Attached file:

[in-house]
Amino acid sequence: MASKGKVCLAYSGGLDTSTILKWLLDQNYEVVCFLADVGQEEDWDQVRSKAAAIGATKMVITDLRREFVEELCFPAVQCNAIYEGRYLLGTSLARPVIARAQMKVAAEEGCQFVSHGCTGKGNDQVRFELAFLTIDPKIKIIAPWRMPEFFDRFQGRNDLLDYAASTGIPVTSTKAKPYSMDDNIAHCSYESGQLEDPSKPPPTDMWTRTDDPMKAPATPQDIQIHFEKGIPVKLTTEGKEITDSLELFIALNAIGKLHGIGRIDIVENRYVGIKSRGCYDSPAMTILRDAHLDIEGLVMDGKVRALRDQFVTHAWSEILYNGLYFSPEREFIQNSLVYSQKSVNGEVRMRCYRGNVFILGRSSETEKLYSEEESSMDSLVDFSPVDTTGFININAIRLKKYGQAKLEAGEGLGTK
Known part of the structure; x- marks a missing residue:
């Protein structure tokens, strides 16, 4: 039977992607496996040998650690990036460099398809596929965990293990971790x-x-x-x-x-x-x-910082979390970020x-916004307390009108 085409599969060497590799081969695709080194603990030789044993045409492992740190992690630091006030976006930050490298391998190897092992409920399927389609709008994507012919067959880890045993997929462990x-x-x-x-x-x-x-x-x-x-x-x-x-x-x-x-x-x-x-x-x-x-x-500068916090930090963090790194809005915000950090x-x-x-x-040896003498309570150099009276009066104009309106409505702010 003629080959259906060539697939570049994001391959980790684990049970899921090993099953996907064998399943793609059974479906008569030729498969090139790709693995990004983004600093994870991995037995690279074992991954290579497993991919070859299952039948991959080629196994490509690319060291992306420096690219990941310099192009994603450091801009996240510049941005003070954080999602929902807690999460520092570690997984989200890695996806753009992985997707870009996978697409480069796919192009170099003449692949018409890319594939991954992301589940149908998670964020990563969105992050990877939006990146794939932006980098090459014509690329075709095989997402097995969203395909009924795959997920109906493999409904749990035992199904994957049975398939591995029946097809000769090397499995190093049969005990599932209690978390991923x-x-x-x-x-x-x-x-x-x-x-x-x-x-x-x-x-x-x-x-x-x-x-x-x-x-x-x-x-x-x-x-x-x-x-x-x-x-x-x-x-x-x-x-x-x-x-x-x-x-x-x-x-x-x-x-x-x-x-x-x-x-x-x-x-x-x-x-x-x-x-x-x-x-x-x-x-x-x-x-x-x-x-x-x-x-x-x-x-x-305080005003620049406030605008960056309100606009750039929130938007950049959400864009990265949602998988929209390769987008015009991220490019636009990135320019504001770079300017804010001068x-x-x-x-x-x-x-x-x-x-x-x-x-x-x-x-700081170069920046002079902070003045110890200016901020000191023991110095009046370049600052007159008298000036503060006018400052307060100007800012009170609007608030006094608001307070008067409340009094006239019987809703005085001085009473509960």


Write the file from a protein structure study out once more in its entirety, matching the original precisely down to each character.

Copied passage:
[in-house]
Amino acid sequence: MASKGKVCLAYSGGLDTSTILKWLLDQNYEVVCFLADVGQEEDWDQVRSKAAAIGATKMVITDLRREFVEELCFPAVQCNAIYEGRYLLGTSLARPVIARAQMKVAAEEGCQFVSHGCTGKGNDQVRFELAFLTIDPKIKIIAPWRMPEFFDRFQGRNDLLDYAASTGIPVTSTKAKPYSMDDNIAHCSYESGQLEDPSKPPPTDMWTRTDDPMKAPATPQDIQIHFEKGIPVKLTTEGKEITDSLELFIALNAIGKLHGIGRIDIVENRYVGIKSRGCYDSPAMTILRDAHLDIEGLVMDGKVRALRDQFVTHAWSEILYNGLYFSPEREFIQNSLVYSQKSVNGEVRMRCYRGNVFILGRSSETEKLYSEEESSMDSLVDFSPVDTTGFININAIRLKKYGQAKLEAGEGLGTK
Known part of the structure; x- marks a missing residue:
């Protein structure tokens, strides 16, 4: 039977992607496996040998650690990036460099398809596929965990293990971790x-x-x-x-x-x-x-910082979390970020x-916004307390009108 085409599969060497590799081969695709080194603990030789044993045409492992740190992690630091006030976006930050490298391998190897092992409920399927389609709008994507012919067959880890045993997929462990x-x-x-x-x-x-x-x-x-x-x-x-x-x-x-x-x-x-x-x-x-x-x-500068916090930090963090790194809005915000950090x-x-x-x-040896003498309570150099009276009066104009309106409505702010 003629080959259906060539697939570049994001391959980790684990049970899921090993099953996907064998399943793609059974479906008569030729498969090139790709693995990004983004600093994870991995037995690279074992991954290579497993991919070859299952039948991959080629196994490509690319060291992306420096690219990941310099192009994603450091801009996240510049941005003070954080999602929902807690999460520092570690997984989200890695996806753009992985997707870009996978697409480069796919192009170099003449692949018409890319594939991954992301589940149908998670964020990563969105992050990877939006990146794939932006980098090459014509690329075709095989997402097995969203395909009924795959997920109906493999409904749990035992199904994957049975398939591995029946097809000769090397499995190093049969005990599932209690978390991923x-x-x-x-x-x-x-x-x-x-x-x-x-x-x-x-x-x-x-x-x-x-x-x-x-x-x-x-x-x-x-x-x-x-x-x-x-x-x-x-x-x-x-x-x-x-x-x-x-x-x-x-x-x-x-x-x-x-x-x-x-x-x-x-x-x-x-x-x-x-x-x-x-x-x-x-x-x-x-x-x-x-x-x-x-x-x-x-x-x-305080005003620049406030605008960056309100606009750039929130938007950049959400864009990265949602998988929209390769987008015009991220490019636009990135320019504001770079300017804010001068x-x-x-x-x-x-x-x-x-x-x-x-x-x-x-x-700081170069920046002079902070003045110890200016901020000191023991110095009046370049600052007159008298000036503060006018400052307060100007800012009170609007608030006094608001307070008067409340009094006239019987809703005085001085009473509960």